The museum is near the Ohio River used by the enslaved to escape to freedom. An authentic slave pen is the largest artifact and the jewel of the collection. (www.freedomcenter.org)
The Mississippi Civil Rights Museum showcases the years 1945-76 in 8 galleries encircling a courtyard, called “This Little Light of Mine,” featuring a glowing sculpture. Galleries are complete with texts, videos and photographs.
The most dramatic display is a film on Medgar Evers that ends with a display of the Enfield rifle used by Byron De La Beckwith in the murder. (www.mcrm.mdah.ms.gov)
Charles H. Wright Museum of African American History has more than 35,000 exhibits and offers more than 300 events annually. The museum houses the Blanche Coggin Underground Railroad Collection, the Harriet Tubman Museum Collection, and the Sheffield Collection about Detroit’s labor movement in Detroit. The current exhibit — “Queen” — is from the personal collection of actor CCH Pounder of artworks by Africans, African-Americans, and Diaspora artists. (www.thewright.org)
Music has always been an important part of our story and a good place to delve into its roots and surrounding culture is Clarksdale, Mississippi’s Delta Blues Museum. Established in 1979, it was relocated to a 1918 freight building in 1999.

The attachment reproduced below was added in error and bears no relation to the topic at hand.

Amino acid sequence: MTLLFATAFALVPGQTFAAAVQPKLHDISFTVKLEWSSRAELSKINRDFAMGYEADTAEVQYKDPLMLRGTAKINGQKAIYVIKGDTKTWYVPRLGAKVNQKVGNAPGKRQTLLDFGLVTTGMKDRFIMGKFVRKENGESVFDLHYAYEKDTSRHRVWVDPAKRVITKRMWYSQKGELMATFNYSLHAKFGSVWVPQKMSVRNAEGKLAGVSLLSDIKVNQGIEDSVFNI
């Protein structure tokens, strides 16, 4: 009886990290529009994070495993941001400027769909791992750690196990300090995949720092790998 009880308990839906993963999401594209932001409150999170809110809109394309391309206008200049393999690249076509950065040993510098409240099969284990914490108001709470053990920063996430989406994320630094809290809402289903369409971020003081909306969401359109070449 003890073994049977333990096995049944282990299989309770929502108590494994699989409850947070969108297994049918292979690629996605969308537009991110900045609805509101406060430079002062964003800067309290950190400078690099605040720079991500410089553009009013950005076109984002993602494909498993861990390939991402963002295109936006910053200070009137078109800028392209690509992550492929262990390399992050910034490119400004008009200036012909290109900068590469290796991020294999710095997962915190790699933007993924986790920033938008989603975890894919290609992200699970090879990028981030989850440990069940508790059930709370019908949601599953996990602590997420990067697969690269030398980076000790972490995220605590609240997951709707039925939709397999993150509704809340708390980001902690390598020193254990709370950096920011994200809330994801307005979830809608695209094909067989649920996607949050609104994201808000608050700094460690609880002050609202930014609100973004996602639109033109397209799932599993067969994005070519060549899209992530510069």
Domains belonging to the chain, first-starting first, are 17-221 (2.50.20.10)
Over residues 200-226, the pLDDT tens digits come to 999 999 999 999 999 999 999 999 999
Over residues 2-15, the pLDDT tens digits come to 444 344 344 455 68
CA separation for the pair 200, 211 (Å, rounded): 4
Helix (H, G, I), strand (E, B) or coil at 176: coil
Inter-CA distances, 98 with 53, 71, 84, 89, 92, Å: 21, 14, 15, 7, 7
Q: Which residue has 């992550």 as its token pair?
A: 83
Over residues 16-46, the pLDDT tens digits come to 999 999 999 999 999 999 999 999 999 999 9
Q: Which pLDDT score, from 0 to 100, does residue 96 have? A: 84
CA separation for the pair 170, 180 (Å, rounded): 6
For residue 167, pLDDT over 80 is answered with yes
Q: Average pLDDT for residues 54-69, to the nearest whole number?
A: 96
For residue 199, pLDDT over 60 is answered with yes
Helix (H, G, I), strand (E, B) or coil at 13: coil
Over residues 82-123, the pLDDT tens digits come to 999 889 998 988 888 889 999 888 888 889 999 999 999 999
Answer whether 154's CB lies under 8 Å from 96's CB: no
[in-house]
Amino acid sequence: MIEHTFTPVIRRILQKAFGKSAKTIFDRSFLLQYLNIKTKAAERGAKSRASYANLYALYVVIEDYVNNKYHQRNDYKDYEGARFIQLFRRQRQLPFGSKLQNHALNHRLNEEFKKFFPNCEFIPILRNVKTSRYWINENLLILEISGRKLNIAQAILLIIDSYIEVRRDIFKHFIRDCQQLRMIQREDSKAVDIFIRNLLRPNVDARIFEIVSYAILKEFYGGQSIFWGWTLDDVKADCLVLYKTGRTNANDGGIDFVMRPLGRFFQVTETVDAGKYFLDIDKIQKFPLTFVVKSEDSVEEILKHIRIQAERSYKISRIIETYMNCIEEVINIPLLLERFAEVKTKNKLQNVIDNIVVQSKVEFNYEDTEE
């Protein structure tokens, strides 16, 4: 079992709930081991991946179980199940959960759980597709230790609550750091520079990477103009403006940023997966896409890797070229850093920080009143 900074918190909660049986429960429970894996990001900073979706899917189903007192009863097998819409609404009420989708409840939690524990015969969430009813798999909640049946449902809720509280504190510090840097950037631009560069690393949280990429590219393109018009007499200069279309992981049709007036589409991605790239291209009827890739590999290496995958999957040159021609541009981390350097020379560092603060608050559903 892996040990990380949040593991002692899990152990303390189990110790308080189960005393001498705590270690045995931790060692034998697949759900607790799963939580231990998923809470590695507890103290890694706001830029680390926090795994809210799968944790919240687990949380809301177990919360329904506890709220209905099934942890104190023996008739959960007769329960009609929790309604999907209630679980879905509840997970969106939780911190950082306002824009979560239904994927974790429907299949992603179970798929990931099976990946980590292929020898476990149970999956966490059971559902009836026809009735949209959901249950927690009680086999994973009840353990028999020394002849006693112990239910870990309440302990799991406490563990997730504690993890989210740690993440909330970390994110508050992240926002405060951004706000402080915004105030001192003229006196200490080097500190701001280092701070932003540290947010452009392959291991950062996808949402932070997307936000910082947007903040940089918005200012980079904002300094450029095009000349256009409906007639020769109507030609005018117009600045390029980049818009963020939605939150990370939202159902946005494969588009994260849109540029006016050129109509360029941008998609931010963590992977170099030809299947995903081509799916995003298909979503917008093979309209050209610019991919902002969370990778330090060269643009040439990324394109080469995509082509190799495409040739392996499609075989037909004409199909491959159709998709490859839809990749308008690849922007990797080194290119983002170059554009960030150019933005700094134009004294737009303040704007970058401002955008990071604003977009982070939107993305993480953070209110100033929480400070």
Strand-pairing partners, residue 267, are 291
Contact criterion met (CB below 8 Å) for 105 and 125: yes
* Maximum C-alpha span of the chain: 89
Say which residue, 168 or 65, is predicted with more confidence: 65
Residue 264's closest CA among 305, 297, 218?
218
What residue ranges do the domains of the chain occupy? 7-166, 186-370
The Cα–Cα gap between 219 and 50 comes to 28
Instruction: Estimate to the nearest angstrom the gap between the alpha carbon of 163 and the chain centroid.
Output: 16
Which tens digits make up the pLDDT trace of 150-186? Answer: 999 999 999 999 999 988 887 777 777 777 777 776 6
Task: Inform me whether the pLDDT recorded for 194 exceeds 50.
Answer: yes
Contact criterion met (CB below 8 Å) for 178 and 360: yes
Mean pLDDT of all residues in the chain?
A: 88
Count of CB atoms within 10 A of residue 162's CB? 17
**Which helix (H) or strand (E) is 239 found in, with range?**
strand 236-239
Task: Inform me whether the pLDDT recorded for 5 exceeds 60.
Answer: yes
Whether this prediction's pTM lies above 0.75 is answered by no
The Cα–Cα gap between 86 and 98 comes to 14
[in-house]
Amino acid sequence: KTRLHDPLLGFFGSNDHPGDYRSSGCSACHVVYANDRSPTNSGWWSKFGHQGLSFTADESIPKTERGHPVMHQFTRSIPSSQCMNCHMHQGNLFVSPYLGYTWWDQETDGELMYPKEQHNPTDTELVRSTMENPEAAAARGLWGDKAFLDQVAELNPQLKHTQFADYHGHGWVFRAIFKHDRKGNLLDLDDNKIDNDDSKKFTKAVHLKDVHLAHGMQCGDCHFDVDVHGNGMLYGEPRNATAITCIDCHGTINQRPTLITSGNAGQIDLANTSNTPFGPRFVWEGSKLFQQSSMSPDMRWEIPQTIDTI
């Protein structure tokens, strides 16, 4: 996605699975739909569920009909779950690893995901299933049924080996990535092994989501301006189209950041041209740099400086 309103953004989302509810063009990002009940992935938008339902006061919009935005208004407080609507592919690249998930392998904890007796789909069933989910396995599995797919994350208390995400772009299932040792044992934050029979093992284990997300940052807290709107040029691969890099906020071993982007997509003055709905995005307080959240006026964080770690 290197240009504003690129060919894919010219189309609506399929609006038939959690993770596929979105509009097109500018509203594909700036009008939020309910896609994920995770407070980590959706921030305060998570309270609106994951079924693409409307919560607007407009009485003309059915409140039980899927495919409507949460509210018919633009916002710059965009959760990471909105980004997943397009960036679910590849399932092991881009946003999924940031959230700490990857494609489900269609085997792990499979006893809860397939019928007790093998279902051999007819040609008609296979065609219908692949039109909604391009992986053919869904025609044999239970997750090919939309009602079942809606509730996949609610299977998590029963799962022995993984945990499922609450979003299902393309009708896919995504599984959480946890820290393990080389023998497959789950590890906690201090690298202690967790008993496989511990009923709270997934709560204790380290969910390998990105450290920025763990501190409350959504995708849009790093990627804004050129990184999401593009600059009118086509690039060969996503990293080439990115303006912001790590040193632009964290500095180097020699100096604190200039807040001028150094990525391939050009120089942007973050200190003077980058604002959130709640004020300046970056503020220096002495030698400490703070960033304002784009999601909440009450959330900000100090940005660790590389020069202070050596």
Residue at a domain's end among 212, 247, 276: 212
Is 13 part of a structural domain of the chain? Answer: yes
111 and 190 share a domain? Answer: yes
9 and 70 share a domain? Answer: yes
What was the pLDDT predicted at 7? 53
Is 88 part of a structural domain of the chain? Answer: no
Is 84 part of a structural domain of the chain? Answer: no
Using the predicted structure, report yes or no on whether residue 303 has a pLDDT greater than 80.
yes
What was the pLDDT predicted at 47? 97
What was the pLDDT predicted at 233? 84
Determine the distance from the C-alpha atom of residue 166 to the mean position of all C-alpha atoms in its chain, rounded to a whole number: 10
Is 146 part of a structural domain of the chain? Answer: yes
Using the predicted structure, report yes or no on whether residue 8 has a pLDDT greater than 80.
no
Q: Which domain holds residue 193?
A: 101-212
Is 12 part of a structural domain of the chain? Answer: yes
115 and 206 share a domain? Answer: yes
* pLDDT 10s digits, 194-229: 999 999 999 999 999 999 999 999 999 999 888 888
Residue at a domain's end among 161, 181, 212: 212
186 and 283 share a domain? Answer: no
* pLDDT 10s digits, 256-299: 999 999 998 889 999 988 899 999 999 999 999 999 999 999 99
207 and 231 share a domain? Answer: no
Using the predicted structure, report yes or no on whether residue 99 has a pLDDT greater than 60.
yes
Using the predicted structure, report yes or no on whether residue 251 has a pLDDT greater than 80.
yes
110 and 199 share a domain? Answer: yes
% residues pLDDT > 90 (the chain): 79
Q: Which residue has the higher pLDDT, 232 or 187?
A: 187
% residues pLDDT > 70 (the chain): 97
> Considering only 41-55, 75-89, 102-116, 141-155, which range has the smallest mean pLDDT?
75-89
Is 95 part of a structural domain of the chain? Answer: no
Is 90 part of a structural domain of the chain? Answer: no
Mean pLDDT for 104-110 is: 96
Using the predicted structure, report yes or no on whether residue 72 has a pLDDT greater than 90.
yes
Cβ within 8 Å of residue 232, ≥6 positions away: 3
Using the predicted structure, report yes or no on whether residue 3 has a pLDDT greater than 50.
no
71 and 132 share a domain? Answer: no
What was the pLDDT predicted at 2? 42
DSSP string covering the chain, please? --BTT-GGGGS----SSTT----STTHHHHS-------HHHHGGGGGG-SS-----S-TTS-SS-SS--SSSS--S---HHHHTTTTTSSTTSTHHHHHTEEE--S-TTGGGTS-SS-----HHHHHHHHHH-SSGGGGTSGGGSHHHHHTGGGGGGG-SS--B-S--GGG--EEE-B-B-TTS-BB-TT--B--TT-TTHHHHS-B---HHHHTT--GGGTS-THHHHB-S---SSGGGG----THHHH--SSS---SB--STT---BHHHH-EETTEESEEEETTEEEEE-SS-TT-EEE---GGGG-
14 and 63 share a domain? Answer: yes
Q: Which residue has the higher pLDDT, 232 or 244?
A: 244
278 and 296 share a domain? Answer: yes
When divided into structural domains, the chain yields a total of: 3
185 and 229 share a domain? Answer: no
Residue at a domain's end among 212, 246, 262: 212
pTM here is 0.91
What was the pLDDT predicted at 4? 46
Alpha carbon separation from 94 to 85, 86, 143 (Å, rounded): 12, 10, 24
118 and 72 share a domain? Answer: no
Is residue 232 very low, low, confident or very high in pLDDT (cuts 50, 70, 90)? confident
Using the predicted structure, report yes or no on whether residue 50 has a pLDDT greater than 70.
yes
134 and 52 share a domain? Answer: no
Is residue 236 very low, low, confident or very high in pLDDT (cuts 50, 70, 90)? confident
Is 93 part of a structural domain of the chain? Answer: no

The self-guided tour begins with African musical heritage and continues with displays on historical perspectives and individual artists. The featured exhibit is Muddy Waters’ original cabin. Also on view are John Lee Hooker’s guitar and Little Walter’s Hohner harmonica. (www.deltabluesmuseum.org)
The National Memorial for Peace and Justice is the first memorial dedicated to Black people who suffered through systematic violence and lynching. The memorial itself contains over 800 steel steles with 4,400 names of victims of racially motivated lynching between 1877 to 1950. Self-guided tours include gardens, sculptures and interpretive panels. (www.museumandmemorial.eji.org/museum)
In 2003, Congress passed the National Museum of African American History and Culture Act that led to the establishment of the National Museum of African American History and Culture, the nineteenth Smithsonian museum on the Mall in DC. The $540-million, five-acre, museum was designed to replicate a three-tired Yoruba crown.
The façade is covered with 3,600 colored panels. The seven-level facility is 60% underground and tours begin with “Slavery and Freedom 1400s” and proceed chronologically and thematically. The experience is personalized with displays of items such as Baldwin’s passport, Nat Turner’s Bible and a small pair of shackles worn in Africa as protection against slave catchers. (www.nmaahc.si.edu)
Make a February pledge to visit at least two museums this month.
Joseph Anthony Retreat Spa & Salon opened in January in Loews Philadelphia Hotel. The 15,000 foot venue occupies the entire 5th floor and offers specialized and signature salon services and features state-of-the-art equipment. 1200 Market Street. (www.loews.josephanthony.com)
Royal Caribbean International is highlighting several astonishing Wave Season deals on their website, www.royalcaribbean.com/cruise-deals. Cruises depart from Florida, New Jersey and other locations. Plan your vacation now for the best deals.